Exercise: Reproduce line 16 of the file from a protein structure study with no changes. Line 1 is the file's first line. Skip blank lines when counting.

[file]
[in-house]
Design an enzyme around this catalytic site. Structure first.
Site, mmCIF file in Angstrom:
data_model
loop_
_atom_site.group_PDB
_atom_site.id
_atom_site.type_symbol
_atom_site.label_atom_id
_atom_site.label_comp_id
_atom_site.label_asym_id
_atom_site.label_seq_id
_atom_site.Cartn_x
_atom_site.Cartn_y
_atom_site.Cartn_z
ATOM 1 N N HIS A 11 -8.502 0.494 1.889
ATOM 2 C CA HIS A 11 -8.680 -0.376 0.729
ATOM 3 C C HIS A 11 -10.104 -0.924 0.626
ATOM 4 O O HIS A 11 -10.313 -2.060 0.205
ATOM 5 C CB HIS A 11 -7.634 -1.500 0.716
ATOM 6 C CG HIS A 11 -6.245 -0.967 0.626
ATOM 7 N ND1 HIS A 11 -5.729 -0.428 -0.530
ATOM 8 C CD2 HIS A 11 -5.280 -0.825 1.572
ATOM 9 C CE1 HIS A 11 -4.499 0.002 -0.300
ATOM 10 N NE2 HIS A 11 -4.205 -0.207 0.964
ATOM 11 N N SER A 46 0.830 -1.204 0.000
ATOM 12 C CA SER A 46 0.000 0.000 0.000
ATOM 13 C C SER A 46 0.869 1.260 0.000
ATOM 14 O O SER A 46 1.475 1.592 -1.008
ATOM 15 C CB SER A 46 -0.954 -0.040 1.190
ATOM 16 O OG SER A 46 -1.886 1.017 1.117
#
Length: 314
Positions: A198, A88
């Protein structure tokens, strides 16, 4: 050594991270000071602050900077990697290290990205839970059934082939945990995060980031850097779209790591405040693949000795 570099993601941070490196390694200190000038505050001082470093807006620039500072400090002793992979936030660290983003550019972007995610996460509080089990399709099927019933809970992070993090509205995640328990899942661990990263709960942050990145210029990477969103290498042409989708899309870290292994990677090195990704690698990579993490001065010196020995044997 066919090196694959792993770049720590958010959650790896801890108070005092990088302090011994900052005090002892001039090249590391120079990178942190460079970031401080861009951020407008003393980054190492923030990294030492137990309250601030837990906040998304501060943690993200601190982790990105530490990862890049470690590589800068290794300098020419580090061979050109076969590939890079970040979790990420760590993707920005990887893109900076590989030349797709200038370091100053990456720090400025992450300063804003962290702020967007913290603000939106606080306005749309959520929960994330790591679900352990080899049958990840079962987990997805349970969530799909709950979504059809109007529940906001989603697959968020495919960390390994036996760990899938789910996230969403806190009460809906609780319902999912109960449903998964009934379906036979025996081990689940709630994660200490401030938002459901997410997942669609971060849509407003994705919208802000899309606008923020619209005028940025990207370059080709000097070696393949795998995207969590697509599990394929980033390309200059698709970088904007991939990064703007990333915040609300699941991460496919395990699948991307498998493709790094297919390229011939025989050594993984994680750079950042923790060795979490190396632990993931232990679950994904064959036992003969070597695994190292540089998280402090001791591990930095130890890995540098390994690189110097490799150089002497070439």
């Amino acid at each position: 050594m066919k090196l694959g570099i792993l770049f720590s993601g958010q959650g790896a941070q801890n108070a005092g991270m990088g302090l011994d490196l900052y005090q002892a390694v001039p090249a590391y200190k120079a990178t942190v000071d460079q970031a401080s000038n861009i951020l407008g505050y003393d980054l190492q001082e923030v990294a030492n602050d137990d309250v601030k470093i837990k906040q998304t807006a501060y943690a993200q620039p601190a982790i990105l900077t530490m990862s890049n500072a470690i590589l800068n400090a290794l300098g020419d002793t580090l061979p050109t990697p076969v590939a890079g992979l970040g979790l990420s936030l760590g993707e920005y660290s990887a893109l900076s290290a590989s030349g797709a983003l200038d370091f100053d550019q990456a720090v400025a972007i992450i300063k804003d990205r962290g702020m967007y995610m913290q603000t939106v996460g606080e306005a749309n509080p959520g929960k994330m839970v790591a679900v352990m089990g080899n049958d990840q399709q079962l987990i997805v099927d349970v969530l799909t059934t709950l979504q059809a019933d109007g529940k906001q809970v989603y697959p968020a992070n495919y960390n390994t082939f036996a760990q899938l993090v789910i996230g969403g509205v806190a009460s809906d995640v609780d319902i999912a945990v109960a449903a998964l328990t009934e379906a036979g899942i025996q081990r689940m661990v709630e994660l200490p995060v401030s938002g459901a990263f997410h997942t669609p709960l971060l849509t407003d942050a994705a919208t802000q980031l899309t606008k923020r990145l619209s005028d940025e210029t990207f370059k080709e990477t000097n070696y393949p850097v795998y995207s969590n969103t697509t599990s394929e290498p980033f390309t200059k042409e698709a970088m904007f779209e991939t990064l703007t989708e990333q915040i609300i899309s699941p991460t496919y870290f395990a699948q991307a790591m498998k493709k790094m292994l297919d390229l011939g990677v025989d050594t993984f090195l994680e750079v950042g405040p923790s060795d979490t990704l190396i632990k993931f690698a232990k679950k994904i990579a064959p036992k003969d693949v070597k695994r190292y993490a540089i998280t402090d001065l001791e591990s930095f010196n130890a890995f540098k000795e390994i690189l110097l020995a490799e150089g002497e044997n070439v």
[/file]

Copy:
ATOM 1 N N HIS A 11 -8.502 0.494 1.889